05 January 2010

New Year Equality Wishes

Let me begin this post by wishing all a Happy New Year. I would like to see this be the year of the reawakening of American Liberty, that is the liberty of equal opportunity under the law, not equal results.
The fallacy propagated over the last century is that “equality” means that everyone should have the same comforts without the same effort. This is simply not equitable. An individual who puts forth more effort deserves to get more rewards. As a culture, we do not question the salary that a premium professional athlete acquires, yet we vilify premium professionals (medical specialists, CEO’s, top companies) when they acquire similar salaries and profits. The individuals in the “premium” category have worked their way into that position and have to maintain their skill level to maintain their premium status.
There will be those who expound the evils of profit motive in the medical profession, “greedy” executives, and “unfair” business practices. To those individuals, I would like to lift a phrase from Ayn Rand and invite them to “check their premises”. Professionals of every type (including medical) have invested large amounts of time and, in some cases, money to acquire the skill that they are sustaining their lives with. People will typically grumble about the cost of hiring skilled labor (plumbers, electricians, mechanics), but they never accuse them of being “greedy” since they are “making a living”, yet when it comes to professionals, the vilification never ceases. Are they not simply highly skilled labor? Are they not “making a living”? At this point, there will be those that argue that “it’s not the same since the wages are so much higher”, yet it truly is. The cost of hiring skilled labor is inversely proportional to the possibility of having the ability to perform the same function yourself. What most consider to be “typical” skilled labor is grossly under-appreciated (a subject for another post), yet the “For Dummies”™ series of books covers the basics of what a particular trade specializes in. They are categories of labor that the individual, with some basic aptitude, could manage to get through themselves. You will not, however, find “Appendectomies For Dummies” or “Microprocessor Design and Manufacturing For Dummies” or even “Running a Multinational Company For Dummies”. That is because the skill level required goes well beyond a couple of hundred pages of text and pictures. Therefore, if you accept that skilled labor can command a wage five to ten times higher than unskilled labor, then why is it “evil” for highly specialized labor (even if it is behind a desk) to command another multiplier of five to ten?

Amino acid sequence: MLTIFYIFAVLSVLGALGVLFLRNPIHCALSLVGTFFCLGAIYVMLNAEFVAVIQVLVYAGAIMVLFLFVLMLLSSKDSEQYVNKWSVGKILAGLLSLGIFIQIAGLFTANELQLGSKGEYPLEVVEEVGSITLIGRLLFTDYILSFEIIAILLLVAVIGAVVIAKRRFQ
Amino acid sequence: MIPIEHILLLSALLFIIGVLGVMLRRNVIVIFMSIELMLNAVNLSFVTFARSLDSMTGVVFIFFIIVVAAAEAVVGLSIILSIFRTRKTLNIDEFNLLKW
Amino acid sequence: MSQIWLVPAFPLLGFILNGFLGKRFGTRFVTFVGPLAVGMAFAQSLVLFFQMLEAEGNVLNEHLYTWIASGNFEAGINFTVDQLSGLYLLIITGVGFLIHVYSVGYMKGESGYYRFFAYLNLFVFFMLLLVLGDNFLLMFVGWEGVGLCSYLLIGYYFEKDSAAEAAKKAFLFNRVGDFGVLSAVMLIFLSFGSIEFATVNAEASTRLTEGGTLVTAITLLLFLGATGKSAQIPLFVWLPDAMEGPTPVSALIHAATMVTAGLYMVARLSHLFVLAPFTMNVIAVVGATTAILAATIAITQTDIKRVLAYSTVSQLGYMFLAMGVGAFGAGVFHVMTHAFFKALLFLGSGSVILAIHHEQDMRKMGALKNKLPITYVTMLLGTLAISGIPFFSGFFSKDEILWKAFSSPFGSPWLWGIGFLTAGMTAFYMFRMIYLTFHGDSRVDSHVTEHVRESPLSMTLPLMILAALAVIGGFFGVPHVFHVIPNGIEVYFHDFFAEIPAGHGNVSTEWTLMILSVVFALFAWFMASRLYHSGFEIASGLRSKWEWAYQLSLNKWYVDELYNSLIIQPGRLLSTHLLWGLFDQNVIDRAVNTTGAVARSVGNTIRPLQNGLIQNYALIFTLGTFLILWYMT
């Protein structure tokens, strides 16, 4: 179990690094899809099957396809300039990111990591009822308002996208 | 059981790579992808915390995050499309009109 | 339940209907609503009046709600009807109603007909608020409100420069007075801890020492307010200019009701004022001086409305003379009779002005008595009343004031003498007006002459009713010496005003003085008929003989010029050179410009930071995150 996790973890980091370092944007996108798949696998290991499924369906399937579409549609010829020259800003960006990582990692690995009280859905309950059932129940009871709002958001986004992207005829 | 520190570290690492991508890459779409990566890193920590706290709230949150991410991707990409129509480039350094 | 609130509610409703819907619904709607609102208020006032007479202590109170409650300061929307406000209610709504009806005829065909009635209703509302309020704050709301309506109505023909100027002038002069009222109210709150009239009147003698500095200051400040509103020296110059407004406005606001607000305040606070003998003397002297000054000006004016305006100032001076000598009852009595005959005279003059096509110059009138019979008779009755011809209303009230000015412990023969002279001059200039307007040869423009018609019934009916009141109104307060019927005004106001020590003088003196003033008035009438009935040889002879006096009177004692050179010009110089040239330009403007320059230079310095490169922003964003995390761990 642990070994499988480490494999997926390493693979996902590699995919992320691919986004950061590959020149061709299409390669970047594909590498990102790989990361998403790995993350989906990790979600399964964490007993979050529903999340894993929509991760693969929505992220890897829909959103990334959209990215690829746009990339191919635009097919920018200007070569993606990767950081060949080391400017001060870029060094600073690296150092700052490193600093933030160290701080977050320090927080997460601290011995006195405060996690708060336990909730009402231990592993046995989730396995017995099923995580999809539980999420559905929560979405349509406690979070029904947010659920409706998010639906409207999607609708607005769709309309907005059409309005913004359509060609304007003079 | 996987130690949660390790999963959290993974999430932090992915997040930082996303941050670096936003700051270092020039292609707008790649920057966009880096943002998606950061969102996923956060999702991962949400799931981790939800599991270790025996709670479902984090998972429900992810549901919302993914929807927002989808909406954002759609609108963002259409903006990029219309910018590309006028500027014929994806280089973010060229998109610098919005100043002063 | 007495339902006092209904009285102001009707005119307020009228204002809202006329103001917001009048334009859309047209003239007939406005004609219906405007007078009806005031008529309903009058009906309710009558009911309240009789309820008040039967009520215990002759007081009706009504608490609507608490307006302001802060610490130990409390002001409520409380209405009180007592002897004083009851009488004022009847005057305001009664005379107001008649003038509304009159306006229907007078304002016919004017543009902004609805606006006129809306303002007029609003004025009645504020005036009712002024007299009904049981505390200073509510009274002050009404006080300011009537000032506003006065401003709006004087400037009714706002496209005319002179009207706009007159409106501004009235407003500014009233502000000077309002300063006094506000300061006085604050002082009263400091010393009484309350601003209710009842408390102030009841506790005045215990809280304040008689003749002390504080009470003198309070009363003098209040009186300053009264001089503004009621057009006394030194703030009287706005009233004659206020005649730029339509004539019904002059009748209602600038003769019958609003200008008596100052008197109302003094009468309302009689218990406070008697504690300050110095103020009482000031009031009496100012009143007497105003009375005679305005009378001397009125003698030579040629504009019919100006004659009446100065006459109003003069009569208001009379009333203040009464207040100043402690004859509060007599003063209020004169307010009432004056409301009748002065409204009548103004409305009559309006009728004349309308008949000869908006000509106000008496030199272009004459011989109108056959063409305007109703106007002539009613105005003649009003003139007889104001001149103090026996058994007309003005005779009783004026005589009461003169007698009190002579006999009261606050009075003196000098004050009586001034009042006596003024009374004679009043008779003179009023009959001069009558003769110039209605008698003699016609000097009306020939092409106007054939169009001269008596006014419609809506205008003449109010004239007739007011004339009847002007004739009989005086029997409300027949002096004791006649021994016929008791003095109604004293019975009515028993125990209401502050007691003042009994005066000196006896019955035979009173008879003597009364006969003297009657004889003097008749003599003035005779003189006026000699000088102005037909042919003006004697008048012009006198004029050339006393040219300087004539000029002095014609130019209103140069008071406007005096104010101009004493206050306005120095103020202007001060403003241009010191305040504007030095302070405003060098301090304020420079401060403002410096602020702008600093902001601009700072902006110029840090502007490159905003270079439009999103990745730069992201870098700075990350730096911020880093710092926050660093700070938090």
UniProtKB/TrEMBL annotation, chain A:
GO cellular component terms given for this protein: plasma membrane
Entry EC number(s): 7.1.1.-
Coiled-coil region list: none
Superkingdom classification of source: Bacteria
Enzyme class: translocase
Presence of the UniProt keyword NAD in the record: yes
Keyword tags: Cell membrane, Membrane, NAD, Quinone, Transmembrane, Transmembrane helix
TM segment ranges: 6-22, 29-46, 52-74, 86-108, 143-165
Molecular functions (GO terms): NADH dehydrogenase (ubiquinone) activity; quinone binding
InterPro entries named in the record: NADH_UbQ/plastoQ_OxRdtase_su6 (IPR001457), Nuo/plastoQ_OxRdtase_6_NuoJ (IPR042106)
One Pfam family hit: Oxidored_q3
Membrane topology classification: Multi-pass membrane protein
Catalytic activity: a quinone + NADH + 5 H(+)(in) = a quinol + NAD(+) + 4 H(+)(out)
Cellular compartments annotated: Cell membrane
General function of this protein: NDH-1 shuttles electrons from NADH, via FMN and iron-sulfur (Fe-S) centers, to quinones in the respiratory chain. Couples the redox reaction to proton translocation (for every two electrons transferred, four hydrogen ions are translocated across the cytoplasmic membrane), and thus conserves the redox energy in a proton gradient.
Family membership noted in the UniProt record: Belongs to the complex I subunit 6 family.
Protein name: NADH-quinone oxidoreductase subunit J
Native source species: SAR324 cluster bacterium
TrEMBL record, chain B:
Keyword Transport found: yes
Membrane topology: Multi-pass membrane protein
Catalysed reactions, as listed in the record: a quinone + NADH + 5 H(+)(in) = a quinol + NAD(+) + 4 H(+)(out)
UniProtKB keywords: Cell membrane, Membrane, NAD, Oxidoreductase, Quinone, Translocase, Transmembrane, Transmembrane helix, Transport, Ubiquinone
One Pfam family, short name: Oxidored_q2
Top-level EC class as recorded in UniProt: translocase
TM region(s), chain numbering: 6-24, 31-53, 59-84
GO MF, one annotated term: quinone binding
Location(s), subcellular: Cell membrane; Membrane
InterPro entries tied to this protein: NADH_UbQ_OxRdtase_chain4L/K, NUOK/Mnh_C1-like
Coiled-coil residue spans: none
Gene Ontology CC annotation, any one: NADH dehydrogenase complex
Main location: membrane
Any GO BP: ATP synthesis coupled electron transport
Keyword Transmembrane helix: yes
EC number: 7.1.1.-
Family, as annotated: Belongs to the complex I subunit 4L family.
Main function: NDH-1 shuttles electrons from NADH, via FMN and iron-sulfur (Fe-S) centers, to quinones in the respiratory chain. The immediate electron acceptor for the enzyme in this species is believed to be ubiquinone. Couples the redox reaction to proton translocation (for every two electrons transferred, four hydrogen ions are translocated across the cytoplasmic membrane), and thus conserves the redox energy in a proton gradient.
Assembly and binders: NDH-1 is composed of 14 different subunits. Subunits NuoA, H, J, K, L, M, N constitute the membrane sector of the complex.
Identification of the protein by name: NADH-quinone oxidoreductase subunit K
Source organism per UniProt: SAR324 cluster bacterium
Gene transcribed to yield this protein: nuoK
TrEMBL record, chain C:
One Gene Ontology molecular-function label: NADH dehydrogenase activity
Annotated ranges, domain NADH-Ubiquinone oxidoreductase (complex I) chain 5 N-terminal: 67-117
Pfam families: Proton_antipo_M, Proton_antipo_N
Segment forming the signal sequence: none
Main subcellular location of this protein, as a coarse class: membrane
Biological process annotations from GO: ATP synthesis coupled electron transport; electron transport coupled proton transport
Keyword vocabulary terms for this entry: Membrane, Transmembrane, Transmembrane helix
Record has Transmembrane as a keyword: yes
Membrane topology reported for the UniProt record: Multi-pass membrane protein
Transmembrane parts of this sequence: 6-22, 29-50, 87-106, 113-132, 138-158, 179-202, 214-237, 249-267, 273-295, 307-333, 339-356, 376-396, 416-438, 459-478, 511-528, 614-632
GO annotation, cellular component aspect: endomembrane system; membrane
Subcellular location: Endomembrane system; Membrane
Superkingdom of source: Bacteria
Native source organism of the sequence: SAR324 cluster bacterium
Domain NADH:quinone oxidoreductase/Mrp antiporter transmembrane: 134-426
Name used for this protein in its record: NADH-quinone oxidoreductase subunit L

In a truly “fair and equitable” society, the reward received is commensurate with the effort expended, whether it be physical or mental. The society that we have in America today is designed to punish those who expend the most effort, from the manual laborer up to the corporate executives. The laborer who is working more hours to provide a better life for themselves is punished whenever the wages received cross the threshold to the next tax bracket. That laborer will find that there is a point where working one more hour actually decreases the amount of money in his or her pocket on payday. The individuals who increase their skill level to a point where they receive premium wages also find that a larger percentage of their effort is expended toward taxes.
It is time for Americans to stand up for equal treatment under the law. As Herbert Spencer so eloquently states in Social Statics, that is defined as “Every man has freedom to do all that he wills, provided he infringes not the equal freedom of any other man”. Heavy taxation on people who excel at their chosen fields without infringing on others is a gross violation of equal treatment as such.

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